We begin with the miraculous tradition by which
this painting found its way from a little home in Jerusalem to
Czestochowa, Poland, 1300 years later? Where do you start?
I guess the beginning would be best.
Tradition tells us that St. Luke painted the original image of
Our Lady on a table top in St. Joseph’s workshop in Nazareth.
We truly believe that St. Luke sat at the feet of Mary and listened
to Her tell about the Miraculous Conception and Birth of Our Lord Jesus.
St. Luke is the only one of the four Gospel writers
who describes in detail the events from the Annunciation of the
Angel Gabriel to Our Lady, through the Visitation, the Birth of
Jesus, the Presentation in the Temple, and the Finding of Our
Lord Jesus in the Temple. Where would he have gotten this
information if not sitting at Her feet, listening in awe to this,
the most beautiful Woman the world has ever known?
And why not, while he was listening to Her, could he not
have painted a picture of Her, or drawn a sketch which later
could become a statue of Her (Our Lady of Loreto)? There are
many writings which justify this theory. From the early days,
writers such as Sixtus of Siena and Nicefar (a Roman writer)
both wrote that St. Luke painted the image of Our Lady.
There are literally thousands upon thousands of images of
Our Lady, most of them created through the inspiration of the
Holy Spirit by the hands of mankind (men or women). All are
limited in their ability to capture the beauty of the Mother of
God, except two. One is the image which was painted by the
Divine Artist, brought to earth by the Angels and deposited on
the hill of Tepeyac in Mexico in 1531. This is undoubtedly
the truest image of Our Lady we will ever see. The Artist was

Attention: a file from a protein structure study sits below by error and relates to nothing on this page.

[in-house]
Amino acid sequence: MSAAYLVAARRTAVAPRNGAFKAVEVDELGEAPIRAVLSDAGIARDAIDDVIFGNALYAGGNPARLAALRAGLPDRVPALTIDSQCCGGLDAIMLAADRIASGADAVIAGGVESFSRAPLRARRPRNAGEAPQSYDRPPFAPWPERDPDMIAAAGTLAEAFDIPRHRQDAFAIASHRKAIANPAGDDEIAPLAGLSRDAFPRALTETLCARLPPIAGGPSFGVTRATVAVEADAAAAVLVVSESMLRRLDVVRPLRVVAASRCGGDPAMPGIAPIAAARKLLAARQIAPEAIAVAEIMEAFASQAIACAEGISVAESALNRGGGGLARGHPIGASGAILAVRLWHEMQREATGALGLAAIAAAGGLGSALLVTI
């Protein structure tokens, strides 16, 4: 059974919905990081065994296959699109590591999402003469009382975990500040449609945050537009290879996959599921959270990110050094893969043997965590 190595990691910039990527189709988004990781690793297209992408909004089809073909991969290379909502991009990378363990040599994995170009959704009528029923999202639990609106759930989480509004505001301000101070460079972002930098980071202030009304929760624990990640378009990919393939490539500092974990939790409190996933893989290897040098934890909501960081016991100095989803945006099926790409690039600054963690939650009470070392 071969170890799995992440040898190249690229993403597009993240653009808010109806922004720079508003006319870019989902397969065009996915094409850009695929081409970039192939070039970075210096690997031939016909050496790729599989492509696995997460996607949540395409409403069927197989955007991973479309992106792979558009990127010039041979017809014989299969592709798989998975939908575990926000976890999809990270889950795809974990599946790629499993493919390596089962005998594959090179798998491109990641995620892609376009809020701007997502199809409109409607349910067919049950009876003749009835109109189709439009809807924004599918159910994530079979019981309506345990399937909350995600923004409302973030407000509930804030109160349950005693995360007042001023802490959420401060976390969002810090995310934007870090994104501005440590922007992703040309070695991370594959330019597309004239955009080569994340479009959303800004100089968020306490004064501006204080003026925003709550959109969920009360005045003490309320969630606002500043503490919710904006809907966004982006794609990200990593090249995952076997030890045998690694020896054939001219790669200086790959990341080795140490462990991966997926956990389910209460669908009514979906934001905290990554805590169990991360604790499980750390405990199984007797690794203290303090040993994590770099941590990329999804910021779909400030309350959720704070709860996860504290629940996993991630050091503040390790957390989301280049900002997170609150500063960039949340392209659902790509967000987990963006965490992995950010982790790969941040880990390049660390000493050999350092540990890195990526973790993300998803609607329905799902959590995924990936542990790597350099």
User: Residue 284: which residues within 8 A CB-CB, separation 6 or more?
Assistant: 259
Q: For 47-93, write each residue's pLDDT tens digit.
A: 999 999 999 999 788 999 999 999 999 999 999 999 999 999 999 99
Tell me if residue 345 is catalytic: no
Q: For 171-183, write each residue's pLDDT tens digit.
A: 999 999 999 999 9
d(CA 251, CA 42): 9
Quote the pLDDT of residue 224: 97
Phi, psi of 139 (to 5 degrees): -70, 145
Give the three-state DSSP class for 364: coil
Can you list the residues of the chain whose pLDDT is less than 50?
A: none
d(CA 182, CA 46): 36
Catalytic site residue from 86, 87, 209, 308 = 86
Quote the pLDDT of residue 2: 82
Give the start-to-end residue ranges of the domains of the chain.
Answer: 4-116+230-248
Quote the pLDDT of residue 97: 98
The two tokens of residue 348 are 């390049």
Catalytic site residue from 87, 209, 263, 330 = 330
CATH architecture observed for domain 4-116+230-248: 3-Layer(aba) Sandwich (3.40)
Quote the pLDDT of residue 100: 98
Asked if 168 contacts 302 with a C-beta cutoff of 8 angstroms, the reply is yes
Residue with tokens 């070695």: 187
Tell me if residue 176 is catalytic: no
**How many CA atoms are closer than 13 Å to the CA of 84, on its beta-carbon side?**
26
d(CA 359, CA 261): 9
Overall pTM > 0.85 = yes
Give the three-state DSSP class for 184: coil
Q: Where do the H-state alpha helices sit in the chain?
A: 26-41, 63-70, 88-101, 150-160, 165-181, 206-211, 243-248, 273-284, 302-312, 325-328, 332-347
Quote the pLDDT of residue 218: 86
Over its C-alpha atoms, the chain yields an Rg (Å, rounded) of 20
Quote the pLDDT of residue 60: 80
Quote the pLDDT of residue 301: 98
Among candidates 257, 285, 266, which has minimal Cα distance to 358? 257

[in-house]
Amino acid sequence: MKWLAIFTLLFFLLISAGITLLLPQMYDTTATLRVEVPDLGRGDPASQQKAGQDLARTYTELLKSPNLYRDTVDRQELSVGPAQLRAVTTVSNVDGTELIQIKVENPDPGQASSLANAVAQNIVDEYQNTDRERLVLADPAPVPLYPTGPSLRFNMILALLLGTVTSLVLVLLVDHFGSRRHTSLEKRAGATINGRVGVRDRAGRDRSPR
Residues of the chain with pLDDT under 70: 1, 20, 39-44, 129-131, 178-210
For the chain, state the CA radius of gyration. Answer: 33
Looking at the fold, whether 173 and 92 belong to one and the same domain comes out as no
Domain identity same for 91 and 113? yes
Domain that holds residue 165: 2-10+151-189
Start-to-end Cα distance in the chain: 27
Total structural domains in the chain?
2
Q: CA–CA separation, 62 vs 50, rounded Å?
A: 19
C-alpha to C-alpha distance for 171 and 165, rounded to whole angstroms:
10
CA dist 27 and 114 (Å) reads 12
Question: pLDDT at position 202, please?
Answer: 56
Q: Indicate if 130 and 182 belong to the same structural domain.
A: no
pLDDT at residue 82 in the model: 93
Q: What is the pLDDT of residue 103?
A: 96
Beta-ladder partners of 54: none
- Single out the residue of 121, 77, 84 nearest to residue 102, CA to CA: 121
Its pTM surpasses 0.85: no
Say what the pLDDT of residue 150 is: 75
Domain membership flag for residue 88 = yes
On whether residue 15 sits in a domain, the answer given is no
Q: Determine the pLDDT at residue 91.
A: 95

The second image was made firsthand by a person who was
standing or sitting or kneeling in Her presence as he put the
image on canvas, or in this case, on a table top, which, according
to tradition, was made by Our Lord Jesus as a young Man. It is
believed, the artist was St. Luke, the physician, the Evangelist,
the artist. To our way of thinking (and now, don’t take this as
church teaching, this is Bob and Penny Lord), he was inspired
by the Holy Spirit. To repeat, to our way of thinking, what
gives it away is Our Lady’s eyes.
There are expressions and expressions on images of Our
Lady. But none that we have seen have the pain and suffering
Our Lady experienced in Her lifetime. Nor does any other image
of Our Lady depict the overwhelming sadness which
cries out in that painting by St. Luke. Not even the re-creation
of the scene at the foot of the Cross, where Our Lady holds
Her Beloved Son’s limp, bleeding Body in Her arms – the
Pieta, captures the anguish of Our Lady, painted by St. Luke.
Not even those images of Our Lady standing at the foot of the
Cross, painted by some of the most gifted artists, who have
attempted to capture those moments, have the depth of sadness
in the eyes of Our Lady depicted by St. Luke.
It had to be done while he sat in front of Her, listening as
She recounted Her life story to him. There were most likely
moments when Her eyes lit up, and She smiled, remembering
special times in Her life with Her Son and St. Joseph. Perhaps
the very occasion He made the table, upon which St. Luke was
painting Her portrait, was a joyful moment. But then there
were other times, when St. Luke could almost see what She
could see – the Passion, Crucifixion and Death of Her Son.
How sad, how overpoweringly sad it had to be, for Her to look
out at the world with such agony coming from deep within Her
heart, rising up into Her eyes, and then spilling out for all the
world to see and know.
As we’ve said before, there have been many portraits of Our
Lady made over the centuries. She is the most popular Woman
the world has ever known. And of those paintings, there are so
many diverse expressions on Her face, you can’t count all of
them. But there has never been a painting made of Our Lady
which begins to compare with the raw, naked emotion of the
painting of Our Lady in Czestochowa. And because the artist
had so profoundly personal a relationship with Our Lady, we
concur that it could very well have been St. Luke. Why not?